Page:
WSWS reporters spoke to workers and youth at the main shopping centre in the working-class suburb of Lower Hutt, near Wellington, the day after the election, which revealed deep disaffection from the political establishment, particularly among young people.
Those spoken to by the reporting team expressed disappointment and disgust at the election outcome. They identified the National Party and Prime Minister John Key as representing the “rich” and did not regard Labour as offering any alternative for the working class.
The interviews were conducted after the election because any form of political campaigning, discussion or advertising on polling day is outlawed under the anti-democratic provisions of the 1993 Electoral Act. It is an offence, punishable by a $20,000 fine, to approach a voter on the way to a polling station and attempt, directly or indirectly, to persuade them to vote in a particular direction. The ban applies to protests, opinion polling, leaflets and clothing as well as social media and on-line commentaries polling.
James, a Maori worker, began by saying he didn’t like Key. He explained he had “always been inclined to go to Labour” but the last two elections he voted for the Maori nationalist Maori Party, which has been in coalition with National. He said: “They only got one seat yesterday because they got caught in with Key too much. I think a lot of the Maori voters have said, aw, we’ve had enough of them, buddying up with Key.”
Maori voters had now “all gone to Labour.” Labour, however, “has lost touch with the working class people… not just this election but the last election as well, they’ve lost all touch of reality with the genuine working, Pakeha [European] working class people.”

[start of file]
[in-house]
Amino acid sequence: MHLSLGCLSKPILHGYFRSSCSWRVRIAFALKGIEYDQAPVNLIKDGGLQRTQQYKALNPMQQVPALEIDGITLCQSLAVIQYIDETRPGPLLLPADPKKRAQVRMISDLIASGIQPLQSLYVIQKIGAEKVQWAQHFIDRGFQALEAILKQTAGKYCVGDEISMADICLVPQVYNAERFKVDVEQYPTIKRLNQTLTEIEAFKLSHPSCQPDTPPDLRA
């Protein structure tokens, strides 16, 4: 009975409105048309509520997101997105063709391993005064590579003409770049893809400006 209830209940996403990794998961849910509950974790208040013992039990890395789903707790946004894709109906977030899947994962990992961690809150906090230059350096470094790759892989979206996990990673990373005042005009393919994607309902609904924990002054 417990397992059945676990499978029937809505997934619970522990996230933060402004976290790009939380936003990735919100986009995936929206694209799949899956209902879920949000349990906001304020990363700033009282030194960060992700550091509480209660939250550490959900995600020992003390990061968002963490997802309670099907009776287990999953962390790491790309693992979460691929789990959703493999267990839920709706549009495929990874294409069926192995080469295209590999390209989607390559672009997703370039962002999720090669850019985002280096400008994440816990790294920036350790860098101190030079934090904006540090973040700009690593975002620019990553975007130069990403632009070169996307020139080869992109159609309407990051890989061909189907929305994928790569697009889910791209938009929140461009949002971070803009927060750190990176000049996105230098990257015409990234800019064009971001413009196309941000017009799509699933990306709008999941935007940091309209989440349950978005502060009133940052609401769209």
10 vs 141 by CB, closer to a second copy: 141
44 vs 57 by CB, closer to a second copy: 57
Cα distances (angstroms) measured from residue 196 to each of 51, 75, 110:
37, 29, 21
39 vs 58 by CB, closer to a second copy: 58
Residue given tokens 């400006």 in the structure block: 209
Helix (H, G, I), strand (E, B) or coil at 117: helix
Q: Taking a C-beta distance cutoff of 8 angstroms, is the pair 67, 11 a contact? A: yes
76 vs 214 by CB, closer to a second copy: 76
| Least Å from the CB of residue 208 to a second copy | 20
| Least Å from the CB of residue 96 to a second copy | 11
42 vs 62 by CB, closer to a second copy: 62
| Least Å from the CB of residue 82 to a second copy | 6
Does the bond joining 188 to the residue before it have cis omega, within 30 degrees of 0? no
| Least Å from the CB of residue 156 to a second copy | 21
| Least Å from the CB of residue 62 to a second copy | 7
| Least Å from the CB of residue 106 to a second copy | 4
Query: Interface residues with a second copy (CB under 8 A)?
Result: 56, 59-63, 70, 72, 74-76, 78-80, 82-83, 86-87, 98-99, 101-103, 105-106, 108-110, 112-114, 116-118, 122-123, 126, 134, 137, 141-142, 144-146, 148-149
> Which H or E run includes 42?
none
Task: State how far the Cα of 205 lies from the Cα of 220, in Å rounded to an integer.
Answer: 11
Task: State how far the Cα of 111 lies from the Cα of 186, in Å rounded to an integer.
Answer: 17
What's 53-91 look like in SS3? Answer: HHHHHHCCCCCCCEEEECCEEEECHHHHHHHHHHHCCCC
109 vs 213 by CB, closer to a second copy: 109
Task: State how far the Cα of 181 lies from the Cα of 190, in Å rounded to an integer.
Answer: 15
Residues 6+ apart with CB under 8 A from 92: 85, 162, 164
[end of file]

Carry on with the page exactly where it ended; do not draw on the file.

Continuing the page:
James said he was concerned about such issues as schooling and the loss of basic rights. He said “the old days where the government used to fund training for the kids and for the students that are coming—trade training—has gone.”
Commenting on US National Security Agency whistle-blower Edward Snowden’s revelations of mass spying on citizens, James said there wasn’t any “concrete proof,” but it was “definitely possible.” He commented: “Key likes to buddy-buddy with Obama. He thinks he’s a key player, but he ain’t. He’s basically a small fry, but the Americans like to keep all the little nations thinking that they’re big fish.”
Cameron, a young fast-food worker, said he “wasn’t pleased” with the election outcome. He thought John Key was “not trustworthy as a prime minister. He’s too two-faced.” Cameron added: “I never agreed with their whole idea of asset sales, and this whole GCSB [security apparatus] happening.”
Cameron complained that “the economy’s gone up, but the wages haven’t gone up. They’ve been getting stuck into people’s living standards for the last six years.” In the coming period, “the country is going to go a lot more downhill.”
On the Labour Party, Cameron said, “They’re trying to get a bit of everything, and I think that’s where they… lost it. They were trying to get the rich people’s vote as well. I honestly never thought from day one that David Cunliffe would be enough to have people voting for Labour.” He thought that Labour “used to be all for the working class, but now they’re trying to get the business people behind.”
High school students Antonio and Cyrus took a close interest in the election. Antonio said Key “doesn’t care about any of the poor people, and he only cares about the rich people… I don’t like him at all.” Antonio said he had been following the Green Party. He said he would be “just trying to get a decent job that pays well money when I’m older.” Asked what he thought the chances were, he replied: “With John Key as the prime minister I don’t think there is any chance”.
Antonio said he supported a rise in the minimum wage to at least $16 an hour. “That would’ve been more decent. Everyone would’ve been getting paid quite a bit, and that’s why New Zealand people are going over to Australia because they have better money.” He said there should be more equality and it was getting very hard for people to live from day to day. “You see homeless people all the time,” Antonio noted.